When a letter from BlackRock’s founder and chief executive, Larry Fink, landed in inboxes in January saying that the world’s biggest investor would no longer invest in companies that are not compliant with the Paris climate agreement, people took notice. The media jumped on the announcement, which appeared to herald a new era of finance facing up to the perils of the climate emergency.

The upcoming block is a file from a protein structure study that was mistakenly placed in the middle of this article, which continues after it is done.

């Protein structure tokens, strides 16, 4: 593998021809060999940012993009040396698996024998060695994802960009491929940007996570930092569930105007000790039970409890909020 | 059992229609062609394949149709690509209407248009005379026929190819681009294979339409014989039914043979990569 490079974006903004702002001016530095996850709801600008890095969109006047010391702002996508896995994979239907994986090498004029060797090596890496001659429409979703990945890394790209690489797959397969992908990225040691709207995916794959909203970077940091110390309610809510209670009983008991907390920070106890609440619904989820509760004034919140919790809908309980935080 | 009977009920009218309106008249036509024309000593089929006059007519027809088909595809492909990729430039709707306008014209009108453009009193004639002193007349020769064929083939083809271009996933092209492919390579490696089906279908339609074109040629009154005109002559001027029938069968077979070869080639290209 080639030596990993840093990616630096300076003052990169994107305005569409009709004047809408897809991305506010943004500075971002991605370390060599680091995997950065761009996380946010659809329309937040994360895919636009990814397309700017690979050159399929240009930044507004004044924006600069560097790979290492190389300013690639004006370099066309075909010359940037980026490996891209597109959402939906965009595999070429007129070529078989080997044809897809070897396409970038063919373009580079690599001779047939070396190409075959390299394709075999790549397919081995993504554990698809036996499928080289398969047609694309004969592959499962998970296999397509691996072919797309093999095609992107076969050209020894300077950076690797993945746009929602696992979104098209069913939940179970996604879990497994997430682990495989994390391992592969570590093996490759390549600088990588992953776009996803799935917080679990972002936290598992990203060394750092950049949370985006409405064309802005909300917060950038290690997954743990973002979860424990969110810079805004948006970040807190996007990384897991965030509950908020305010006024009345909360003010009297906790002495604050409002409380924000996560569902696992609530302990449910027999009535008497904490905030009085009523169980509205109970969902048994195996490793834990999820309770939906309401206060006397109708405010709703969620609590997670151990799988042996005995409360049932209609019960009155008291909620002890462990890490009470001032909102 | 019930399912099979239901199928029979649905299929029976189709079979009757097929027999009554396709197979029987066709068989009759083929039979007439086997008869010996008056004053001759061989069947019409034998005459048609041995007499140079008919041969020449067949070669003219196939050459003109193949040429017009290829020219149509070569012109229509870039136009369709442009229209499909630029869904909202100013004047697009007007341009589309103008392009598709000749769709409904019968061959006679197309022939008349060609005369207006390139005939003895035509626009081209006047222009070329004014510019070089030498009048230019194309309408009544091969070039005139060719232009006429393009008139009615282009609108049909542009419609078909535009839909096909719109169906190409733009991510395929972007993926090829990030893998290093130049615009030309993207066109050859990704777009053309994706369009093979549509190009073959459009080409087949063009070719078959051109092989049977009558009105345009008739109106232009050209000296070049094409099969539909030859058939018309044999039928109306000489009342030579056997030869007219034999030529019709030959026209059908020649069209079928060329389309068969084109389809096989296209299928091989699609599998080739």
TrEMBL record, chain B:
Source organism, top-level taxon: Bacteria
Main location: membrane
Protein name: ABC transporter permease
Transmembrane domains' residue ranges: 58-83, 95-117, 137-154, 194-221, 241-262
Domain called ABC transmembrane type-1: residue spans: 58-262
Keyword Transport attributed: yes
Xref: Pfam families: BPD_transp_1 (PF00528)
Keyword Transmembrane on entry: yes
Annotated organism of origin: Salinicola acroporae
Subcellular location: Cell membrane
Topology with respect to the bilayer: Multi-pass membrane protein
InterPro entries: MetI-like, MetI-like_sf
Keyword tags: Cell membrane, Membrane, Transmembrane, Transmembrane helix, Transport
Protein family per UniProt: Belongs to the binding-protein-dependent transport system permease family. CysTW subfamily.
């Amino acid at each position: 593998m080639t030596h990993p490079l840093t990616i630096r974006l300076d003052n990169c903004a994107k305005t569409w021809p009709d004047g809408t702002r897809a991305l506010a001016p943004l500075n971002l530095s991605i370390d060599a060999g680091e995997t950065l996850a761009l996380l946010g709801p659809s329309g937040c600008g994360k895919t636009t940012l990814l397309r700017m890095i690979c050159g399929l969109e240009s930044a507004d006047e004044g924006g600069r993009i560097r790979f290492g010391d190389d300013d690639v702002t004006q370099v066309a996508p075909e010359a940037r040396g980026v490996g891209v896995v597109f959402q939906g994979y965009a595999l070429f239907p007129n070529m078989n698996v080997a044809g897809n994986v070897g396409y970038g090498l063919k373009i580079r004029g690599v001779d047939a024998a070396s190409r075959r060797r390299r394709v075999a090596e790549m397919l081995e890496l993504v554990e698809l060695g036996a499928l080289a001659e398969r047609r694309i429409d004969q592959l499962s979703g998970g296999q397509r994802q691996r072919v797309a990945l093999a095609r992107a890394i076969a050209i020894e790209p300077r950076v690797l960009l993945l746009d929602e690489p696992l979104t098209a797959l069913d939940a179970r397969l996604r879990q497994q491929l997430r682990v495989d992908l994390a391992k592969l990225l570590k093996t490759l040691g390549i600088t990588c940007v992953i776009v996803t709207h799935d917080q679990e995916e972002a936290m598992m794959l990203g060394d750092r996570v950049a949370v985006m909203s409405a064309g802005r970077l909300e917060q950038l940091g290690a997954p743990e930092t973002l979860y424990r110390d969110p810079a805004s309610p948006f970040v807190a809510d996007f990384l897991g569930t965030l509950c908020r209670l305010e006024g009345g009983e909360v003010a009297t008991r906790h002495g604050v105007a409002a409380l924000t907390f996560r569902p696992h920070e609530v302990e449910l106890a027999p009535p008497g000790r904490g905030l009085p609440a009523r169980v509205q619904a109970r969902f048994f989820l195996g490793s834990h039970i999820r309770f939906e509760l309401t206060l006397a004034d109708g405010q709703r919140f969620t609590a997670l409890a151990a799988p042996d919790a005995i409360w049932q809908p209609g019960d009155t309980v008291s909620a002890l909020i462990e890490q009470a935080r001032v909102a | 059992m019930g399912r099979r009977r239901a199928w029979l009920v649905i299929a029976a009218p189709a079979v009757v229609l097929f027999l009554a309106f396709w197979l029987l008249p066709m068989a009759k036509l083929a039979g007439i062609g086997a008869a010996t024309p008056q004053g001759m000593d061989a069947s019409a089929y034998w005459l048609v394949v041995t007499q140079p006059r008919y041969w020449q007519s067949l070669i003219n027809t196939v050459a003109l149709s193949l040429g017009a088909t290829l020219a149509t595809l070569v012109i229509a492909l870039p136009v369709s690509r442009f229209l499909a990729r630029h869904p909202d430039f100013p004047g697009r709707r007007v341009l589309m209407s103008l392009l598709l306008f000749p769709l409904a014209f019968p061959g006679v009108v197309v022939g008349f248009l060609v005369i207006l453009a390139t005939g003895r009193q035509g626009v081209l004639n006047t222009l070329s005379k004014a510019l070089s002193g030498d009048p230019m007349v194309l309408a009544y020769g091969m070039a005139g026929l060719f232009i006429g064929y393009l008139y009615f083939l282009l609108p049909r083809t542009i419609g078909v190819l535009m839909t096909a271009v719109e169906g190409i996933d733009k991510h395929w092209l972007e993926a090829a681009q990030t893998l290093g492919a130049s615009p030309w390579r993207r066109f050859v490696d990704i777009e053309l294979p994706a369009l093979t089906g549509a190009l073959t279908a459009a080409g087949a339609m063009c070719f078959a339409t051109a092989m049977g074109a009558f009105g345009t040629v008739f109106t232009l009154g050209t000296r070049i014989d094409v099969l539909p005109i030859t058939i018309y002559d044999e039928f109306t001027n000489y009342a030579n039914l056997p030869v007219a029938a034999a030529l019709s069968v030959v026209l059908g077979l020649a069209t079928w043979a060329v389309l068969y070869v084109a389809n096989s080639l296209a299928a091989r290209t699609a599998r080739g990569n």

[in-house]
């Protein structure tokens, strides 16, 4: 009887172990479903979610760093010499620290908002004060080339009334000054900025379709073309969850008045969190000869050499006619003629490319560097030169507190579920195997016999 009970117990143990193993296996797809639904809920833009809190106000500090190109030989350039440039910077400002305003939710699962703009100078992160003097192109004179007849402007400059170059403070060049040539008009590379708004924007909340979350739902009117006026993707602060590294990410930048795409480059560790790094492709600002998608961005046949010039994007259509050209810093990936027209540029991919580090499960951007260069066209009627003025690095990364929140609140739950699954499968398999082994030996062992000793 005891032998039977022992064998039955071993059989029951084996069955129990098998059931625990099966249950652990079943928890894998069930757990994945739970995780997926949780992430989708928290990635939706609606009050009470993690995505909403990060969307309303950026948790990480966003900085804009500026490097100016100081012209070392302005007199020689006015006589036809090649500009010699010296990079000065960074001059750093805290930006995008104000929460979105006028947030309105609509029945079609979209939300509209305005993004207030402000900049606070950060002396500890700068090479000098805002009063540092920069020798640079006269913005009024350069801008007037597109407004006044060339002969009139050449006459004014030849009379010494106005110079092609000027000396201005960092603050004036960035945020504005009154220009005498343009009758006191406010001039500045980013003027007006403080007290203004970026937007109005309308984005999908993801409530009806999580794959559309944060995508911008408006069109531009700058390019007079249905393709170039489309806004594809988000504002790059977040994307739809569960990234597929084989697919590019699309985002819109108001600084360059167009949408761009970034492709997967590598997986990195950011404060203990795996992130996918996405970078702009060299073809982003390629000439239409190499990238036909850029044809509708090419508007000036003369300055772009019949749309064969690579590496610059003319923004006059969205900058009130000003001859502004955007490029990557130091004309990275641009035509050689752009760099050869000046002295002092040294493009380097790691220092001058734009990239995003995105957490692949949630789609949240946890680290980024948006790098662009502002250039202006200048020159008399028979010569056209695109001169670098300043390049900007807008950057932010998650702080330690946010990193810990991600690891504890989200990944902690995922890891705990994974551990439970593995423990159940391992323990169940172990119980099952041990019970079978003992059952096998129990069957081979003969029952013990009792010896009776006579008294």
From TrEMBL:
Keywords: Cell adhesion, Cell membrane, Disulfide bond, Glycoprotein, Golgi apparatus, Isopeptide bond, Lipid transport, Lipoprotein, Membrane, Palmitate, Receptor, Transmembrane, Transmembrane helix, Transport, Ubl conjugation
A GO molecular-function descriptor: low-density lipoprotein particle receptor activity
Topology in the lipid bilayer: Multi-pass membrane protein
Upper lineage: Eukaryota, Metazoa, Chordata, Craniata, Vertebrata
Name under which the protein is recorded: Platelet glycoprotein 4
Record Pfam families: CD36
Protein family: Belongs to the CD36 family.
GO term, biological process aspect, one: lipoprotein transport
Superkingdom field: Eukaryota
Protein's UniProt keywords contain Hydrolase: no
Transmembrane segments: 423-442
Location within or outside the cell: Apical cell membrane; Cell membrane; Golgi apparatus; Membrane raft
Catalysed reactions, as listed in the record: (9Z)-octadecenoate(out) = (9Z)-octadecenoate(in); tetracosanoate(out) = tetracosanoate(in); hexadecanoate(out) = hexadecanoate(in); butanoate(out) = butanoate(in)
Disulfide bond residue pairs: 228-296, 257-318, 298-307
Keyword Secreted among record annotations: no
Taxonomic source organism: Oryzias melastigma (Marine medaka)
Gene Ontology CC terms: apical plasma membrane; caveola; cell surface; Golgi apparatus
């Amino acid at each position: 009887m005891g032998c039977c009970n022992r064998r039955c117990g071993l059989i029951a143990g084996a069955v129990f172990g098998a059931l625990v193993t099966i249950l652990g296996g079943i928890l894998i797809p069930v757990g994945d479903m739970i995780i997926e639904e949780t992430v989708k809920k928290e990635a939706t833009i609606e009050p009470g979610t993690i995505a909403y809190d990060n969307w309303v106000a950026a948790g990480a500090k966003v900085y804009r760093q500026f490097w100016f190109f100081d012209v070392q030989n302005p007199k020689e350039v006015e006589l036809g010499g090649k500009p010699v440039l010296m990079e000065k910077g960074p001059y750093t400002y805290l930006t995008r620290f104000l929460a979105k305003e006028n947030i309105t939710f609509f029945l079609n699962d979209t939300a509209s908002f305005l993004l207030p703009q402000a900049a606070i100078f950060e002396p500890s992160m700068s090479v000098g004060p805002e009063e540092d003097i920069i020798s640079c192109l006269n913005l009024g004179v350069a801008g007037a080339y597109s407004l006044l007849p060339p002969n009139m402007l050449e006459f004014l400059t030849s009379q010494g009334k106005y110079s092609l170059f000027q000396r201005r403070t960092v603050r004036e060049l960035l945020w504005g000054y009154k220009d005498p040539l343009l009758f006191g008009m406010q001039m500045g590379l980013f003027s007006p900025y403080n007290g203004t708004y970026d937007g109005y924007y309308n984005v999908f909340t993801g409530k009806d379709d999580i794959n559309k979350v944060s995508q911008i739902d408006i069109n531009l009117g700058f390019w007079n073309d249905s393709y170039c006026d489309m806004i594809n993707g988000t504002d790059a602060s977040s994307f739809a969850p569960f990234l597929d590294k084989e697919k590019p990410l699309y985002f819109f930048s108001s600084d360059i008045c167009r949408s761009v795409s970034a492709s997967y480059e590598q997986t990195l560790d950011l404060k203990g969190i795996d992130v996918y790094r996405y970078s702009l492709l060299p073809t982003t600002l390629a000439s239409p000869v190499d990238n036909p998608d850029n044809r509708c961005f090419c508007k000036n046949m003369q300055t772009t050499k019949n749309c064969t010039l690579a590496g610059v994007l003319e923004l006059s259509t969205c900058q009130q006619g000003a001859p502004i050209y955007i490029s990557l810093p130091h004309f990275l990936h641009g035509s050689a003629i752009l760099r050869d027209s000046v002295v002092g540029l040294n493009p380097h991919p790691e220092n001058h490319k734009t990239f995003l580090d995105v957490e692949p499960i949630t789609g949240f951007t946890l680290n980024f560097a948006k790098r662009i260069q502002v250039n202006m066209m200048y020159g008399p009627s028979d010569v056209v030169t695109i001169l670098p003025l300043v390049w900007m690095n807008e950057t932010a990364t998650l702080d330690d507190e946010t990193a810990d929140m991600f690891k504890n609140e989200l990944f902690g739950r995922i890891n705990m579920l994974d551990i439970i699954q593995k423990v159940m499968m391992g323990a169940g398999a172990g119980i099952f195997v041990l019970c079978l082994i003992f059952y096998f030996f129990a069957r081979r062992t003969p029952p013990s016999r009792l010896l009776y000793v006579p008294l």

The letter was a hoax, carried out by the Yes Men, a group of pranksters with a history of embarrassing big companies. But while the message was fake, the concern behind it was not: environmental campaigners see BlackRock as a key obstacle to progress on meeting climate crisis goals.

[. . .]

Another confirmation, al-punte Humor beats $100M of patently-false semantic BS-tricks--and it's Quicker, often enough.

Goooo --> Yes Men ... and Us'ns with neighbors? One-A-Day™ Vitamins mini-debates?
..costs a little time but what-if its spread like Topsy and all the people on the Group W Bench got 5000 and then